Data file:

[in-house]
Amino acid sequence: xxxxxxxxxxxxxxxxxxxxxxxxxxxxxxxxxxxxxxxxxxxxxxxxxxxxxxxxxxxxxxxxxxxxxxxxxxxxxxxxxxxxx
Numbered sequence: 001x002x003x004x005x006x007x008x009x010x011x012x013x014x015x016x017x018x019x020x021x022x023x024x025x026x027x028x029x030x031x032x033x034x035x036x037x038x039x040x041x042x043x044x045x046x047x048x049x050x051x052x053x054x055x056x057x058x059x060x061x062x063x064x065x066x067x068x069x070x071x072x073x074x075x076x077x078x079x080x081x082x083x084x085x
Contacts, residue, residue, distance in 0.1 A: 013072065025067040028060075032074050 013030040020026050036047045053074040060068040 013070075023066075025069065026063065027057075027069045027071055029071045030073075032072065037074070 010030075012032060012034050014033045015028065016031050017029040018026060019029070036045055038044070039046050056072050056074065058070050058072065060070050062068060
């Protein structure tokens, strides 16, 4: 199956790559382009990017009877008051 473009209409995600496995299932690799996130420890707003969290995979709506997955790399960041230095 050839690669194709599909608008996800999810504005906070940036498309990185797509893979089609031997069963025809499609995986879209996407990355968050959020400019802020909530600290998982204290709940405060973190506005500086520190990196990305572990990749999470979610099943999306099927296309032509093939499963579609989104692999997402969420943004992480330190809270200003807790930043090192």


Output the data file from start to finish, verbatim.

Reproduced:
[in-house]
Amino acid sequence: xxxxxxxxxxxxxxxxxxxxxxxxxxxxxxxxxxxxxxxxxxxxxxxxxxxxxxxxxxxxxxxxxxxxxxxxxxxxxxxxxxxxx
Numbered sequence: 001x002x003x004x005x006x007x008x009x010x011x012x013x014x015x016x017x018x019x020x021x022x023x024x025x026x027x028x029x030x031x032x033x034x035x036x037x038x039x040x041x042x043x044x045x046x047x048x049x050x051x052x053x054x055x056x057x058x059x060x061x062x063x064x065x066x067x068x069x070x071x072x073x074x075x076x077x078x079x080x081x082x083x084x085x
Contacts, residue, residue, distance in 0.1 A: 013072065025067040028060075032074050 013030040020026050036047045053074040060068040 013070075023066075025069065026063065027057075027069045027071055029071045030073075032072065037074070 010030075012032060012034050014033045015028065016031050017029040018026060019029070036045055038044070039046050056072050056074065058070050058072065060070050062068060
């Protein structure tokens, strides 16, 4: 199956790559382009990017009877008051 473009209409995600496995299932690799996130420890707003969290995979709506997955790399960041230095 050839690669194709599909608008996800999810504005906070940036498309990185797509893979089609031997069963025809499609995986879209996407990355968050959020400019802020909530600290998982204290709940405060973190506005500086520190990196990305572990990749999470979610099943999306099927296309032509093939499963579609989104692999997402969420943004992480330190809270200003807790930043090192």